adjective, adverb

slow; in a broad, dignified style.

noun, plural lar·gos.

a largo movement.

Origin of largo

From Italian, dating back to 1675–85; see origin at large




a town in W Florida. Unabridged Based on the Random House Unabridged Dictionary, © Random House, Inc. 2019

Examples from the Web for largo

Contemporary Examples of largo

  • But Largo sees his new book on religion as a natural extension of his previous work.

    The Daily Beast logo
    The Craziest Religions

    Benyamin Cohen

    July 24, 2010

  • Largo is now taking a few months off to figure out his next move.

    The Daily Beast logo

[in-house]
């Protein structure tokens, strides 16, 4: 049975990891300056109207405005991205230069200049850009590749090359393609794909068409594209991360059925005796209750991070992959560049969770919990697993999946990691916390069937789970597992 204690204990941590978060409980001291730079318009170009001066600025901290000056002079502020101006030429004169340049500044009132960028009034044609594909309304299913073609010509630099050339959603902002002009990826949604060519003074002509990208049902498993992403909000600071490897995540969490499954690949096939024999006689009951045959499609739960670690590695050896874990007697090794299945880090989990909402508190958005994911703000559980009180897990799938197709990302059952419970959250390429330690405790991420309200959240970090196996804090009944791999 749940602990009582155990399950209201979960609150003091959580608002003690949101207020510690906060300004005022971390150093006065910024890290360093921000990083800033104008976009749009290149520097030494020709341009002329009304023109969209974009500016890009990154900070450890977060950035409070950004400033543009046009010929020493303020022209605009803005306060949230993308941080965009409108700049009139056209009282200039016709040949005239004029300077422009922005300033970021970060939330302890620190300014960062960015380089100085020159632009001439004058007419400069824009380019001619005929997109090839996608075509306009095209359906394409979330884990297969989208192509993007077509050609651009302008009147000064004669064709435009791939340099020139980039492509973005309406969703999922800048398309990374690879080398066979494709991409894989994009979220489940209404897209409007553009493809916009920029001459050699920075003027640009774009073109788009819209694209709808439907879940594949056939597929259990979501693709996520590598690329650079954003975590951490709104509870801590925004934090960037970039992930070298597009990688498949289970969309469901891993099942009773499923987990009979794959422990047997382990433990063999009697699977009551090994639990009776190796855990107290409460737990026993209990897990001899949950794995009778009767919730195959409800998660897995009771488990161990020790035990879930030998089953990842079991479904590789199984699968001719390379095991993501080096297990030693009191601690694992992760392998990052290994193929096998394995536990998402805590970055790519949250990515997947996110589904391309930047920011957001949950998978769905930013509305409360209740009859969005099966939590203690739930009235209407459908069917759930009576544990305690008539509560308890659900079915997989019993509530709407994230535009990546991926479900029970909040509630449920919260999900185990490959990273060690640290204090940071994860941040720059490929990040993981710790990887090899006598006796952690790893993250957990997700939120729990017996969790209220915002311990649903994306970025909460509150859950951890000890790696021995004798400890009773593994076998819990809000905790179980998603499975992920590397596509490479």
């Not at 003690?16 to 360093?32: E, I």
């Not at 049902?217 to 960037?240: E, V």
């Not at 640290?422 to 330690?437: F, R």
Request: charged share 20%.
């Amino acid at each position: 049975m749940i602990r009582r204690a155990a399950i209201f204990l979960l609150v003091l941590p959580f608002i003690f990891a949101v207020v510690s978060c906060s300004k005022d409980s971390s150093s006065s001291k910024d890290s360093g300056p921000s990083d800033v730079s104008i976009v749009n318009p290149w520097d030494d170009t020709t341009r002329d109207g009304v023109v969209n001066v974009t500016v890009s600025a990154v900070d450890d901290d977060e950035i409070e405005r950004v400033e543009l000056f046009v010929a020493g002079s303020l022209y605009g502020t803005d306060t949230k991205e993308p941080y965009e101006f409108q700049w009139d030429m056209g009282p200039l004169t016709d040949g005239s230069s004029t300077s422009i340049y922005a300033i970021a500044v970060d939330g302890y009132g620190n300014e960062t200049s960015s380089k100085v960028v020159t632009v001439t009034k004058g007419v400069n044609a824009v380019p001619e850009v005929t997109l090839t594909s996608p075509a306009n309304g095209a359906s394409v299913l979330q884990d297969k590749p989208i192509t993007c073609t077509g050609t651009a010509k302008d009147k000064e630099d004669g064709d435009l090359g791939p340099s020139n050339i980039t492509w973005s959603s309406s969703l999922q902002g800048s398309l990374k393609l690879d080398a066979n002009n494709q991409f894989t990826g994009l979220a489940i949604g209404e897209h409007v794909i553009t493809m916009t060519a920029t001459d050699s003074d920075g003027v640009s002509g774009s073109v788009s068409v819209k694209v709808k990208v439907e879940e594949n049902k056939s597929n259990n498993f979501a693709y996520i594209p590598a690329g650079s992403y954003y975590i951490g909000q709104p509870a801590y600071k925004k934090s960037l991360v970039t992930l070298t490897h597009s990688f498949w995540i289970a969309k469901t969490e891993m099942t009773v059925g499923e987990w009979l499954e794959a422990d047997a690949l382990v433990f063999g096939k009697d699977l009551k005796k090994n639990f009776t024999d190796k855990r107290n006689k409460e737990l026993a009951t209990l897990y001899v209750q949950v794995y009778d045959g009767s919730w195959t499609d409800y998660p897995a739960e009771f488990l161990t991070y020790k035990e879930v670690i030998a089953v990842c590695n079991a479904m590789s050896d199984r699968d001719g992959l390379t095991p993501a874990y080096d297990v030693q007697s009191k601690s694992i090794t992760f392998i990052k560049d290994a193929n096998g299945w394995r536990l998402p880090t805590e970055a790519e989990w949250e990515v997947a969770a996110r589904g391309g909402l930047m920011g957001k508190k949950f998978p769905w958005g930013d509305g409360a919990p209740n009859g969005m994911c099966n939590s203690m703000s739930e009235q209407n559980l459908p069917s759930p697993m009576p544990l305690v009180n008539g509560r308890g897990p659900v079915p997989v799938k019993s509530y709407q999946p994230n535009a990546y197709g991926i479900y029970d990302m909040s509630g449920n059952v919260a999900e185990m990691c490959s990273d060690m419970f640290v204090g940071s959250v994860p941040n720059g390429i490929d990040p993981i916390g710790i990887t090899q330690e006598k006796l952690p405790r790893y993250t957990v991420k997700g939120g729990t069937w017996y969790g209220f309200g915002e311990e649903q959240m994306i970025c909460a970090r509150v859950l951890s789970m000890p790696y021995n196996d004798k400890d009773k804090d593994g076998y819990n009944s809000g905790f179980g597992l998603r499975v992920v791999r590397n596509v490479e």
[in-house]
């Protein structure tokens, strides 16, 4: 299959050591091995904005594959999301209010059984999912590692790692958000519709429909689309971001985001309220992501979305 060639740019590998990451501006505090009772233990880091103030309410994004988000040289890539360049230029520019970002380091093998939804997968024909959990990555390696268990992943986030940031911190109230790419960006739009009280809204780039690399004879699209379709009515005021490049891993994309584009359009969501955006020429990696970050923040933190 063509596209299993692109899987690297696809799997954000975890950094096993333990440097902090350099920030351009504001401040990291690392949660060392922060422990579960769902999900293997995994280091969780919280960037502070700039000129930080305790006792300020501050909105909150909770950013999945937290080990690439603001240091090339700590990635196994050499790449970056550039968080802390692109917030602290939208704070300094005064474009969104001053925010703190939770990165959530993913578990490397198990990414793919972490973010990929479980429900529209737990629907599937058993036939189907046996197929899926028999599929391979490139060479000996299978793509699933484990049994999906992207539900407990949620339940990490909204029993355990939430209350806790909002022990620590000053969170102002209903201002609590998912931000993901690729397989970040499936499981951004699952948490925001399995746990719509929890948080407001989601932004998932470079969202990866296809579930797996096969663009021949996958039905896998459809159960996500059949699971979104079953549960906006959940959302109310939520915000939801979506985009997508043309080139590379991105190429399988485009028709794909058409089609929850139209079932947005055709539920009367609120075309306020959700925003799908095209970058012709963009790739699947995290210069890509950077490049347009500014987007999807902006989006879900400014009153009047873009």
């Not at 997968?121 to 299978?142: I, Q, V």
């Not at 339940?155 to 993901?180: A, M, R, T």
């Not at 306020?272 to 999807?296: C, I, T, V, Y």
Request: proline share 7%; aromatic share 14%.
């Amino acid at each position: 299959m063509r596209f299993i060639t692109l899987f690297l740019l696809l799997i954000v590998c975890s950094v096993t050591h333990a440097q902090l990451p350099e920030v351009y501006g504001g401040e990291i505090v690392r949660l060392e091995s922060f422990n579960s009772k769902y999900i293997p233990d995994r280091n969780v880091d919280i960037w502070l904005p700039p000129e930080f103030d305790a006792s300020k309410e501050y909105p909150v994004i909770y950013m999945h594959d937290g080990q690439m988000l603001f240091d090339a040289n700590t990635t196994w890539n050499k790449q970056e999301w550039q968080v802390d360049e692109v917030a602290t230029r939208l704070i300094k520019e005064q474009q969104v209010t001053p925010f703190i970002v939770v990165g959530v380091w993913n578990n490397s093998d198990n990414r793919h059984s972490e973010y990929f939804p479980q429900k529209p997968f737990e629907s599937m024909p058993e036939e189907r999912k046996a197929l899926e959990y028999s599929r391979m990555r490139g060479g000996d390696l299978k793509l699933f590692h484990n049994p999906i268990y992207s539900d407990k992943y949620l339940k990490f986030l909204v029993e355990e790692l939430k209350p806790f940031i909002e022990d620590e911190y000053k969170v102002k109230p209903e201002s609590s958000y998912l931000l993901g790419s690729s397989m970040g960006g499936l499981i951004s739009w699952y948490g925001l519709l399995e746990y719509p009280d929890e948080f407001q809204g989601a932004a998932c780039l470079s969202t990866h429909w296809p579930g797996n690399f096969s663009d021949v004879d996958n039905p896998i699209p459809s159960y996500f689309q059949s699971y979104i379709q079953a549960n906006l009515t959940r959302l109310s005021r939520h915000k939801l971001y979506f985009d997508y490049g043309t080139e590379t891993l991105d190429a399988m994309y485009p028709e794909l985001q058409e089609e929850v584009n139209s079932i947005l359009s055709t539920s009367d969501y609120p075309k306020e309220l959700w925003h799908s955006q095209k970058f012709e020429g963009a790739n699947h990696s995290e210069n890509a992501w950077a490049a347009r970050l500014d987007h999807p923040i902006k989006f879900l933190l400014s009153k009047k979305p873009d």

The Craziest Religions

    Benyamin Cohen

    July 24, 2010

Historical Examples of largo

  • He got out of the cab and entered the Villa on foot from the Largo di Vittoria end.

    A Set of Six

    Joseph Conrad

  • Of course, no one can be at a loss to distinguish a Largo from a Presto.

  • Alexander Selkirk was born at Largo, Scotland, in 1676, and bred to the sea.

  • That was enough to restore my balance and enable me to attack the Largo.

    An Autobiography

    Igor Stravinsky

  • There was a splash of dripping wire, and he swung up an arm with a cry of "Largo!"

    For Jacinta

    Harold Bindloss

British Dictionary definitions for largo


adjective, adverb

to be performed slowly and broadly

noun plural -gos

a piece or passage to be performed in this way

Word Origin for largo

C17: from Italian, from Latin largus large
Collins English Dictionary - Complete & Unabridged 2012 Digital Edition © William Collins Sons & Co. Ltd. 1979, 1986 © HarperCollins Publishers 1998, 2000, 2003, 2005, 2006, 2007, 2009, 2012